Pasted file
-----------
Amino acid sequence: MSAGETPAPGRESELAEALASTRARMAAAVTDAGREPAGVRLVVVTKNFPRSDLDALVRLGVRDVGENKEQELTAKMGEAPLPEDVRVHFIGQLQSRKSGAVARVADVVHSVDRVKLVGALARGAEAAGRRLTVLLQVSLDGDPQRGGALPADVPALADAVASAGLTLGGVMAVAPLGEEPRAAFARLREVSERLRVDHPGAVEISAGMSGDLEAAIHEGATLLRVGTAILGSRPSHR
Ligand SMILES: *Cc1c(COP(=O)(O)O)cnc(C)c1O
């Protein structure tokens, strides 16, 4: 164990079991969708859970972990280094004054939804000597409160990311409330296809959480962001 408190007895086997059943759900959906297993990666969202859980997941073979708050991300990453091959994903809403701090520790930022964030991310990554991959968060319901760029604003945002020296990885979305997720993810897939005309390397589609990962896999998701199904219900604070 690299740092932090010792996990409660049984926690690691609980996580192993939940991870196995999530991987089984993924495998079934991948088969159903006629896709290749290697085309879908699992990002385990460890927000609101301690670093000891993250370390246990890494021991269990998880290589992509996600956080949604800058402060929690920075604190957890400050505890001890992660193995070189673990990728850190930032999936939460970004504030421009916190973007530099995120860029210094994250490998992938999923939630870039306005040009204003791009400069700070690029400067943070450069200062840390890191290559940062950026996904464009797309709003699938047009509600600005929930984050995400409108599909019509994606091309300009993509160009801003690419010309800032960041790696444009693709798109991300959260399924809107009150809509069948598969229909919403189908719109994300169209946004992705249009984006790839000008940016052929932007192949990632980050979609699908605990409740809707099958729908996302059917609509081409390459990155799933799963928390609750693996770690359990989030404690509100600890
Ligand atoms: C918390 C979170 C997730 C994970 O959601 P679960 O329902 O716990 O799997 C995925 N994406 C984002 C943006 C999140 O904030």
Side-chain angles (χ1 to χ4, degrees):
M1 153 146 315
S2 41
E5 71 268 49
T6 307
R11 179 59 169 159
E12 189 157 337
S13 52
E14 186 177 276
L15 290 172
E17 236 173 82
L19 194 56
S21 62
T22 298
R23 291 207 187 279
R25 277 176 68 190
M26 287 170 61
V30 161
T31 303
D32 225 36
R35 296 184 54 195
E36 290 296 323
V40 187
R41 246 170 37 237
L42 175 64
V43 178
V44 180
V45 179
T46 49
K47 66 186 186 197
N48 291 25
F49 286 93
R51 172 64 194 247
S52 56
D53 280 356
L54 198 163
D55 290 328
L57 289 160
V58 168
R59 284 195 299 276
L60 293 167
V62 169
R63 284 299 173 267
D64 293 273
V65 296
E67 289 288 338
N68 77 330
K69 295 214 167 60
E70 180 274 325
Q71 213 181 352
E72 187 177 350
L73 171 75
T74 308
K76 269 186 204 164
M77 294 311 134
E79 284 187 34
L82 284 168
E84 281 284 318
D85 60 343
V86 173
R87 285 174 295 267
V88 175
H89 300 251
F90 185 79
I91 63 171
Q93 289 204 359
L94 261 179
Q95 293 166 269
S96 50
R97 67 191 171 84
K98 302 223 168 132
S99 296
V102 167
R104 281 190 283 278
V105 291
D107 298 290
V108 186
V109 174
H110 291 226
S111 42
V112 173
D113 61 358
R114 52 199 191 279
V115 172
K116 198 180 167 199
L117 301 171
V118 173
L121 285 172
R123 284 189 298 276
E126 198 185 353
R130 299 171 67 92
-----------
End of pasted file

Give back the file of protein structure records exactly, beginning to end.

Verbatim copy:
Amino acid sequence: MSAGETPAPGRESELAEALASTRARMAAAVTDAGREPAGVRLVVVTKNFPRSDLDALVRLGVRDVGENKEQELTAKMGEAPLPEDVRVHFIGQLQSRKSGAVARVADVVHSVDRVKLVGALARGAEAAGRRLTVLLQVSLDGDPQRGGALPADVPALADAVASAGLTLGGVMAVAPLGEEPRAAFARLREVSERLRVDHPGAVEISAGMSGDLEAAIHEGATLLRVGTAILGSRPSHR
Ligand SMILES: *Cc1c(COP(=O)(O)O)cnc(C)c1O
């Protein structure tokens, strides 16, 4: 164990079991969708859970972990280094004054939804000597409160990311409330296809959480962001 408190007895086997059943759900959906297993990666969202859980997941073979708050991300990453091959994903809403701090520790930022964030991310990554991959968060319901760029604003945002020296990885979305997720993810897939005309390397589609990962896999998701199904219900604070 690299740092932090010792996990409660049984926690690691609980996580192993939940991870196995999530991987089984993924495998079934991948088969159903006629896709290749290697085309879908699992990002385990460890927000609101301690670093000891993250370390246990890494021991269990998880290589992509996600956080949604800058402060929690920075604190957890400050505890001890992660193995070189673990990728850190930032999936939460970004504030421009916190973007530099995120860029210094994250490998992938999923939630870039306005040009204003791009400069700070690029400067943070450069200062840390890191290559940062950026996904464009797309709003699938047009509600600005929930984050995400409108599909019509994606091309300009993509160009801003690419010309800032960041790696444009693709798109991300959260399924809107009150809509069948598969229909919403189908719109994300169209946004992705249009984006790839000008940016052929932007192949990632980050979609699908605990409740809707099958729908996302059917609509081409390459990155799933799963928390609750693996770690359990989030404690509100600890
Ligand atoms: C918390 C979170 C997730 C994970 O959601 P679960 O329902 O716990 O799997 C995925 N994406 C984002 C943006 C999140 O904030």
Side-chain angles (χ1 to χ4, degrees):
M1 153 146 315
S2 41
E5 71 268 49
T6 307
R11 179 59 169 159
E12 189 157 337
S13 52
E14 186 177 276
L15 290 172
E17 236 173 82
L19 194 56
S21 62
T22 298
R23 291 207 187 279
R25 277 176 68 190
M26 287 170 61
V30 161
T31 303
D32 225 36
R35 296 184 54 195
E36 290 296 323
V40 187
R41 246 170 37 237
L42 175 64
V43 178
V44 180
V45 179
T46 49
K47 66 186 186 197
N48 291 25
F49 286 93
R51 172 64 194 247
S52 56
D53 280 356
L54 198 163
D55 290 328
L57 289 160
V58 168
R59 284 195 299 276
L60 293 167
V62 169
R63 284 299 173 267
D64 293 273
V65 296
E67 289 288 338
N68 77 330
K69 295 214 167 60
E70 180 274 325
Q71 213 181 352
E72 187 177 350
L73 171 75
T74 308
K76 269 186 204 164
M77 294 311 134
E79 284 187 34
L82 284 168
E84 281 284 318
D85 60 343
V86 173
R87 285 174 295 267
V88 175
H89 300 251
F90 185 79
I91 63 171
Q93 289 204 359
L94 261 179
Q95 293 166 269
S96 50
R97 67 191 171 84
K98 302 223 168 132
S99 296
V102 167
R104 281 190 283 278
V105 291
D107 298 290
V108 186
V109 174
H110 291 226
S111 42
V112 173
D113 61 358
R114 52 199 191 279
V115 172
K116 198 180 167 199
L117 301 171
V118 173
L121 285 172
R123 284 189 298 276
E126 198 185 353
R130 299 171 67 92